There can be little more exciting in life than sticking bits of yellow foam in your ears, flashing the hallowed press pass and setting up camp in the pit at the very front of the stage in front of your heroes. That said, if you are only allowed to shoot the first three songs (and sometimes less), with no flash, and you are competing with other photographers for that one special shot then there is little room for error and a firm grasp of your camera and what it can do for you is essential.
So – what are the very basics? In no particular order:
- Be prepared. Make sure you have the relevant paperwork or pass to get your gear into the building, let alone the photo pit.
- Have the initial settings dialed in to your camera before you enter the pit, and if you don’t have a top light on your camera ensure you remember to take a small torch (just don’t shine it towards the performer or other photographers).
- Wear earplugs, and take plenty of spares. You will not be allowed in the pit without them and it’s not the job of the venue to provide them. Remember, they are used to save your hearing – they are not there to make you look professional! Basic earplugs can be purchased very cheaply, but some regular pros will invest in much more expensive custom fitted plugs.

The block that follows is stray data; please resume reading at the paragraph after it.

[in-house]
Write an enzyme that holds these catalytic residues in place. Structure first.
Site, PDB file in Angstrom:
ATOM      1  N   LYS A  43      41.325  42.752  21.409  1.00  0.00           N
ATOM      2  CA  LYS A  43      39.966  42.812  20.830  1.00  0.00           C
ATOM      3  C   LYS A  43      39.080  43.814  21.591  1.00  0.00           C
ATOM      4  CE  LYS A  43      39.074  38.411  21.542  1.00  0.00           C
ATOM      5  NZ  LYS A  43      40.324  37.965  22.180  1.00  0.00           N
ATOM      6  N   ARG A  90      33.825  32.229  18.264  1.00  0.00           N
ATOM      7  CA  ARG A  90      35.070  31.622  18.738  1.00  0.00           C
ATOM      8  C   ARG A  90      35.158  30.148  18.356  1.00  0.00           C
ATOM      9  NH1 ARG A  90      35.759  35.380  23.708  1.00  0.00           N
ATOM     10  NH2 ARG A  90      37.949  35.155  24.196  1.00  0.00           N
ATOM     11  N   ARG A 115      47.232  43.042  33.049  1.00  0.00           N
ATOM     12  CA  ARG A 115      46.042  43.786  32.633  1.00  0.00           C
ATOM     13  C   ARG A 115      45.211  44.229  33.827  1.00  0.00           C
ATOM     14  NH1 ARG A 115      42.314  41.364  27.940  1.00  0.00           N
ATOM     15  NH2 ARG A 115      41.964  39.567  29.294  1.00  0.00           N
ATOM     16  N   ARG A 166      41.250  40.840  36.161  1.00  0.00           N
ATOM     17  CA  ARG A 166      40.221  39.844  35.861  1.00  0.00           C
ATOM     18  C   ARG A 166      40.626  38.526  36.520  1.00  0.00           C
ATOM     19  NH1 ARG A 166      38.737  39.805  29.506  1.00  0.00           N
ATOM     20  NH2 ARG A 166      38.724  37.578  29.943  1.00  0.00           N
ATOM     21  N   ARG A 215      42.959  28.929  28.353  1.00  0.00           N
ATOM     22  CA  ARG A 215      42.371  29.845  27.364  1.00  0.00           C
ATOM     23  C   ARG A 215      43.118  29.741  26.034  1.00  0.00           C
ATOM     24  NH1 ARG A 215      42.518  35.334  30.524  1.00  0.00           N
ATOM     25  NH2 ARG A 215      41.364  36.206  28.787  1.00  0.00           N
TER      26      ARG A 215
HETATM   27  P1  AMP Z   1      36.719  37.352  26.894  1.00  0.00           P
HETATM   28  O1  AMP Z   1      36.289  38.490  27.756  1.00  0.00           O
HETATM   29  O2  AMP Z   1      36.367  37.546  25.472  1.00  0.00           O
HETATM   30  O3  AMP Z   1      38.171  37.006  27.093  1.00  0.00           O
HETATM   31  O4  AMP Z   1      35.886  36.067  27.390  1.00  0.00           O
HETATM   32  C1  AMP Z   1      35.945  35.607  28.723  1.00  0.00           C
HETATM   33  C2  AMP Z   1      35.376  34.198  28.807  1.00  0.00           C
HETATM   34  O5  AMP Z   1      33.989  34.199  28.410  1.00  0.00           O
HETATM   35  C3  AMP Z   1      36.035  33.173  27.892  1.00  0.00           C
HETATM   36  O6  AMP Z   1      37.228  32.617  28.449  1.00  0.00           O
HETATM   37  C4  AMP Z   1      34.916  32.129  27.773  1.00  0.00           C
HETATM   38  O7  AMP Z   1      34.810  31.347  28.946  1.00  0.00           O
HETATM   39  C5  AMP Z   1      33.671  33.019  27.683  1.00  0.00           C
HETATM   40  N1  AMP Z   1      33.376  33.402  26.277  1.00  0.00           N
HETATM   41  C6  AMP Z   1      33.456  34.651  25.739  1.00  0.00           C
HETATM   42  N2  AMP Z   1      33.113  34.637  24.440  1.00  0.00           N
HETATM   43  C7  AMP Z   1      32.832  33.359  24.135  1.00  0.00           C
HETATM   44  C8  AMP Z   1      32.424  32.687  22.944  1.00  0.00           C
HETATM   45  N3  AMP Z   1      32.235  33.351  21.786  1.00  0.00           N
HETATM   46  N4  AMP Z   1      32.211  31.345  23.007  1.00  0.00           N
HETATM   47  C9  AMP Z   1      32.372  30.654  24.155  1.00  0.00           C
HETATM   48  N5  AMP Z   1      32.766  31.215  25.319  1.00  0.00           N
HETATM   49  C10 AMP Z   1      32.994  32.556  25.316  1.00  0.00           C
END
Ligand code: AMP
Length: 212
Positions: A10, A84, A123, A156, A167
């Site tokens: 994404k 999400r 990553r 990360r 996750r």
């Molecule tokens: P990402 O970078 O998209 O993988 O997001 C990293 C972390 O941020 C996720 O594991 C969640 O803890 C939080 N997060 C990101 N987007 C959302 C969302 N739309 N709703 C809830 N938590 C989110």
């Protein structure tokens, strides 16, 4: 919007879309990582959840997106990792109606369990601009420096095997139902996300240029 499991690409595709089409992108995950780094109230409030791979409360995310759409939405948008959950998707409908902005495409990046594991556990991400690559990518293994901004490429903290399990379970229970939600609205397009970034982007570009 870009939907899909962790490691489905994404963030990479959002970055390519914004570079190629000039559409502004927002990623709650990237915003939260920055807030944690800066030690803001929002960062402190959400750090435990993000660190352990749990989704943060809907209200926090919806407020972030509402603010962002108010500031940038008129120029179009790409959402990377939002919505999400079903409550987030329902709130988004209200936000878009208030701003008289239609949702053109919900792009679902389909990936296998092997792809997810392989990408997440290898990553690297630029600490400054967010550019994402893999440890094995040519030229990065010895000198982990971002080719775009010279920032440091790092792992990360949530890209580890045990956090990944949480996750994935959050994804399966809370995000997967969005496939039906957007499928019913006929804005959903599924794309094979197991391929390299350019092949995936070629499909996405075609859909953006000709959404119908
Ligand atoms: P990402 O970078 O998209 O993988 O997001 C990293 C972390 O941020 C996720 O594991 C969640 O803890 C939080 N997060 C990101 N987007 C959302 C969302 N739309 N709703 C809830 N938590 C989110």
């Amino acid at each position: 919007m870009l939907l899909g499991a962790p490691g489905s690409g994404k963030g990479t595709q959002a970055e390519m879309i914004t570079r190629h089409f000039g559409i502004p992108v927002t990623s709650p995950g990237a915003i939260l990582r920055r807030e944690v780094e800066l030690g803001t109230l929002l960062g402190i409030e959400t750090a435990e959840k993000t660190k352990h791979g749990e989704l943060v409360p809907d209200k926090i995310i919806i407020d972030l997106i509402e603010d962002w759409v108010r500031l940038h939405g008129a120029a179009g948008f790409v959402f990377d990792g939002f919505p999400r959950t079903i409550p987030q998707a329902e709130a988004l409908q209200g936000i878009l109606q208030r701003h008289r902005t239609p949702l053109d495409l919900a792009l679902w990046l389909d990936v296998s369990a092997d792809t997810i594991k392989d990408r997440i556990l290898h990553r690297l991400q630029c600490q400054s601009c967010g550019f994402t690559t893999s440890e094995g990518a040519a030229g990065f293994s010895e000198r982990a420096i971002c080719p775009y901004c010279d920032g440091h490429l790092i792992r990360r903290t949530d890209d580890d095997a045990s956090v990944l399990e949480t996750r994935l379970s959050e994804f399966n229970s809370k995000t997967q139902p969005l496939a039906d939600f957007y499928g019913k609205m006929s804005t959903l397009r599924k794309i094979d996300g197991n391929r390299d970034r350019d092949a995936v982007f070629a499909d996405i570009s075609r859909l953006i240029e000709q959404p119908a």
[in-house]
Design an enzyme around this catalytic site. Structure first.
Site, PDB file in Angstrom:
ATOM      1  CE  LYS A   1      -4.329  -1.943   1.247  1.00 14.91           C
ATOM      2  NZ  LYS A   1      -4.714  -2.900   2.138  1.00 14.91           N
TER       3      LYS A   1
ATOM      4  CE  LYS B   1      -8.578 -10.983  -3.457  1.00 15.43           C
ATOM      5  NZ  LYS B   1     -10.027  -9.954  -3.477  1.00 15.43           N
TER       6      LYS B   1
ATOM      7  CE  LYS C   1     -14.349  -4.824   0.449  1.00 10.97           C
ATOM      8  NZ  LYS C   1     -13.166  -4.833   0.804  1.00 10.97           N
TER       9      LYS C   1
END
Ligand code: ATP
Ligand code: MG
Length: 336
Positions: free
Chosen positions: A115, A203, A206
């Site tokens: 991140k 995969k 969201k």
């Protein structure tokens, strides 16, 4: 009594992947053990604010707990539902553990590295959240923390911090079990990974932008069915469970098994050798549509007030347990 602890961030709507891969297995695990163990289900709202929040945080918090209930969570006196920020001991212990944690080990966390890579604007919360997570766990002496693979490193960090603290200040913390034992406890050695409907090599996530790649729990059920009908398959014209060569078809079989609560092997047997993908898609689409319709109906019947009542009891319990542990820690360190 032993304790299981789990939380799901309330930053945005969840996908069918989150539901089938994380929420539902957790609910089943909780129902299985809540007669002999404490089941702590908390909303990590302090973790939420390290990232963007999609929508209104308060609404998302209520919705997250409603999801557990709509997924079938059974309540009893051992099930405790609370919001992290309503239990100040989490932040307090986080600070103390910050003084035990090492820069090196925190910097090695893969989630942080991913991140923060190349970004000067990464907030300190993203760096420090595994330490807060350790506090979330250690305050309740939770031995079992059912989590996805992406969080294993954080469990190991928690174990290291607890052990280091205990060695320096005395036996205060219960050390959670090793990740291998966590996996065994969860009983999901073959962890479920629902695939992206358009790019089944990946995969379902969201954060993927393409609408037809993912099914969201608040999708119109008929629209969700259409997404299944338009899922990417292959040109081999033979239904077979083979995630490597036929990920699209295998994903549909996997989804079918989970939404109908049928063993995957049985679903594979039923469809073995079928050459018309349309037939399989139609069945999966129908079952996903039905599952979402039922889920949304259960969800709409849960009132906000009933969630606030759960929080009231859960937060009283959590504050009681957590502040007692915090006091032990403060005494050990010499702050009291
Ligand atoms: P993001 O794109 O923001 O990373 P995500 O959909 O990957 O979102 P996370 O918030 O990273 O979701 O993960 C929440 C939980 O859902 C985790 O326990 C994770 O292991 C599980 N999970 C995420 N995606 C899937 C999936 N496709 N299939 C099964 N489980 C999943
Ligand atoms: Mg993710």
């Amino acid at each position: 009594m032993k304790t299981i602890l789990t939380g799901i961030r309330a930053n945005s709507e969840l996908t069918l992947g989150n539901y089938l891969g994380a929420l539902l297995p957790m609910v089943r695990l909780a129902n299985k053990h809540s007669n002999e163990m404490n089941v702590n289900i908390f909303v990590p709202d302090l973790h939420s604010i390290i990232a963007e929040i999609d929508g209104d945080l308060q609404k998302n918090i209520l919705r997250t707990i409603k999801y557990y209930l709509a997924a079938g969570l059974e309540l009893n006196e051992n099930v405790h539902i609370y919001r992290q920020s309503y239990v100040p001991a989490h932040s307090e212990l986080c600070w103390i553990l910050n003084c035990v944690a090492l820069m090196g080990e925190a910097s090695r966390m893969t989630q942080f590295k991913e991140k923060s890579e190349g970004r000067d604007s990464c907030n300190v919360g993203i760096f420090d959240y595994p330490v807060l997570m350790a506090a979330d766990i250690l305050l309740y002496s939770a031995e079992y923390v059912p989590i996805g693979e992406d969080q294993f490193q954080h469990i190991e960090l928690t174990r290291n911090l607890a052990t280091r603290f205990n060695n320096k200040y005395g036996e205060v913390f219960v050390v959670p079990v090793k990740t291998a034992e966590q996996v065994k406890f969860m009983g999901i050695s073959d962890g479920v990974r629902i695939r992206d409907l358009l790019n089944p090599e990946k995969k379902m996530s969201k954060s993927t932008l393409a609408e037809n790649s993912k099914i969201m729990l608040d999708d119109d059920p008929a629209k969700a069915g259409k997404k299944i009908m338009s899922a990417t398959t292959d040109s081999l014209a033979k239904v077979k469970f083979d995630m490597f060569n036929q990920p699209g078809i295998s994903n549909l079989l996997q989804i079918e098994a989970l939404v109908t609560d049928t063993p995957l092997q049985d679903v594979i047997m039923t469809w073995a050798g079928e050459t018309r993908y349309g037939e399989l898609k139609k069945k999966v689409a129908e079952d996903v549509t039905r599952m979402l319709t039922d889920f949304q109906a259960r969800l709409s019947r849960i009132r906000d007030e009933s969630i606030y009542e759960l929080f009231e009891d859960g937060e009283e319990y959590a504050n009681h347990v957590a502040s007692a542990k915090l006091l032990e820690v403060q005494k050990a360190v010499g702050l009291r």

- If you have the chance, always shoot the support act. This will give you time to make changes to your camera settings to adjust for the lighting in the venue. It will also give you a good idea of where to stand for the best angles and the length of lens required for particular shots.
- Be polite to everyone – from the band’s agent and crew to the venue staff and other photographers. And don’t forget the fans – they paid to be at the gig and are hoping to see their heroes close up, not the back of your head!
- Take plenty of memory cards and always shoot RAW (more on that in a future post).
These are just a few of the basics that spring to mind. I will post soon on bodies and lenses and settings common to gig photographers. That said, if you find a different way of delivering a mind-blowing portfolio then feel free to stick with what you do. There are no hard and fast rules in art, and those that break the rules are the ones that become the trendsetters. I will also break down my settings for some of the shots in the galleries to give a very clear idea of what I did on the day, issues encountered, and what I could have done better.